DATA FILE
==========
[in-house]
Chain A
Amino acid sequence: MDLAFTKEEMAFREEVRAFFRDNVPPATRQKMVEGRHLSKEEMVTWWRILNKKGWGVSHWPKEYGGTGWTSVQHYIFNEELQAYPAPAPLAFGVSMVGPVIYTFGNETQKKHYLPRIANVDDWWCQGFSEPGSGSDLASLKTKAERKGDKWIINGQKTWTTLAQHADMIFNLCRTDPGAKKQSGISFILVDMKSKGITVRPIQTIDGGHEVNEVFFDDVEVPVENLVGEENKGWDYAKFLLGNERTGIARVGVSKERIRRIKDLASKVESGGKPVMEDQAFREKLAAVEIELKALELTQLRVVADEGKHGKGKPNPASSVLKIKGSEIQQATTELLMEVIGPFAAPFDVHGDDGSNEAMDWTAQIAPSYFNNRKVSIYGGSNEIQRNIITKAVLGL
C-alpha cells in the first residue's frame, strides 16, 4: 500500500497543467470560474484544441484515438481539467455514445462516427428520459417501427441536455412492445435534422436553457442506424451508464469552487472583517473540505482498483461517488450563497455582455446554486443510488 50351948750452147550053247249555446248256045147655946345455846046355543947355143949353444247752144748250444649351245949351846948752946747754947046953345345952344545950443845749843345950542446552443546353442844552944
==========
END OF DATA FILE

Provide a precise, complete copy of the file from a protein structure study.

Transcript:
[in-house]
Chain A
Amino acid sequence: MDLAFTKEEMAFREEVRAFFRDNVPPATRQKMVEGRHLSKEEMVTWWRILNKKGWGVSHWPKEYGGTGWTSVQHYIFNEELQAYPAPAPLAFGVSMVGPVIYTFGNETQKKHYLPRIANVDDWWCQGFSEPGSGSDLASLKTKAERKGDKWIINGQKTWTTLAQHADMIFNLCRTDPGAKKQSGISFILVDMKSKGITVRPIQTIDGGHEVNEVFFDDVEVPVENLVGEENKGWDYAKFLLGNERTGIARVGVSKERIRRIKDLASKVESGGKPVMEDQAFREKLAAVEIELKALELTQLRVVADEGKHGKGKPNPASSVLKIKGSEIQQATTELLMEVIGPFAAPFDVHGDDGSNEAMDWTAQIAPSYFNNRKVSIYGGSNEIQRNIITKAVLGL
C-alpha cells in the first residue's frame, strides 16, 4: 500500500497543467470560474484544441484515438481539467455514445462516427428520459417501427441536455412492445435534422436553457442506424451508464469552487472583517473540505482498483461517488450563497455582455446554486443510488 50351948750452147550053247249555446248256045147655946345455846046355543947355143949353444247752144748250444649351245949351846948752946747754947046953345345952344545950443845749843345950542446552443546353442844552944